Let's move it, people.
JAMES HENDRY, FLORISSANT, MO.
David S. Leckrone, senior project scientist for the Hubble Space Telescope Project, calls this "a very good question." The basic problem, he explains, is that Hubble and the space station are in orbits with very different inclinations to the equator. It would require about 36,000 pounds of fuel to change Hubble's orbit to that of the space station and back, and Hubble wasn't designed to operate well at the station's orbit. Says Leckrone, "It is an appealing idea that really isn't feasible."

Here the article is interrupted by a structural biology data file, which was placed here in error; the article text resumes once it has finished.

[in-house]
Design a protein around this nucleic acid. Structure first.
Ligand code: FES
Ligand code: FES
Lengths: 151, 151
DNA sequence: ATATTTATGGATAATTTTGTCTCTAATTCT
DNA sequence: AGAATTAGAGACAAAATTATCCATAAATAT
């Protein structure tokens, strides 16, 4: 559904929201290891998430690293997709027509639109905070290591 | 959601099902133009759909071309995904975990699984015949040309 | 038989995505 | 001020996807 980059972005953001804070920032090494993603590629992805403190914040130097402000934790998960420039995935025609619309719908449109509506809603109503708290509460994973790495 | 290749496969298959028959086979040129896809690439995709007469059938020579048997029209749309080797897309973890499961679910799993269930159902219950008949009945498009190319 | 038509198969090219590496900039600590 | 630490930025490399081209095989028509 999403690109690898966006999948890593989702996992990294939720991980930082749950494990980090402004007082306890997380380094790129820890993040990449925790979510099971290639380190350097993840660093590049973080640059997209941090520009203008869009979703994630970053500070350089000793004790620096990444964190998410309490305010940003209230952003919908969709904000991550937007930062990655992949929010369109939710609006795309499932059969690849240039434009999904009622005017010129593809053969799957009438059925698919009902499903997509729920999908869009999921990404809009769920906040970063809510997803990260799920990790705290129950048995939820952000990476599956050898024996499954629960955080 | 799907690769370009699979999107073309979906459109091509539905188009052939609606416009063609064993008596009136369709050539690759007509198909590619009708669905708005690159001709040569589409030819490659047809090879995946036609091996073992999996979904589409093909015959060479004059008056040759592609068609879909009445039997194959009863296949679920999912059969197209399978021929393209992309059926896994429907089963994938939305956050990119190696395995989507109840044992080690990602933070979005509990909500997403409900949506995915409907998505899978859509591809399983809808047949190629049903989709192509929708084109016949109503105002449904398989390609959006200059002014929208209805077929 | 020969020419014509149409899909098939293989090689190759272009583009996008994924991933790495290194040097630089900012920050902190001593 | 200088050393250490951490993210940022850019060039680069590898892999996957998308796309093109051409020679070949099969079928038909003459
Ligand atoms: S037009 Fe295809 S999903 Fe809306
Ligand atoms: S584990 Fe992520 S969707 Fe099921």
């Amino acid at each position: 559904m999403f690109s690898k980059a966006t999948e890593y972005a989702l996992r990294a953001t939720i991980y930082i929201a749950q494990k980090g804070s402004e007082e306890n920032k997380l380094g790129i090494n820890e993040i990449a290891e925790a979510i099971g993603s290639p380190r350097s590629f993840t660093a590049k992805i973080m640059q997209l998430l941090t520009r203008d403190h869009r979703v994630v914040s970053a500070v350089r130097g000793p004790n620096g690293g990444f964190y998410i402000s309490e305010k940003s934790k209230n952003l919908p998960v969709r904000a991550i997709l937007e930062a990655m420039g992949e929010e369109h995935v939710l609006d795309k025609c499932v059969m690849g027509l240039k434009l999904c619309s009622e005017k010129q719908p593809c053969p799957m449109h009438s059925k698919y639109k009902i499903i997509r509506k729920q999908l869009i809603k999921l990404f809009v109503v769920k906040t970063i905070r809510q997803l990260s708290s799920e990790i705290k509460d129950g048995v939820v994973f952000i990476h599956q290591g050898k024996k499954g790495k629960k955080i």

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|Article Type:||Letter to the Editor|
|Date:||Feb 26, 2005|
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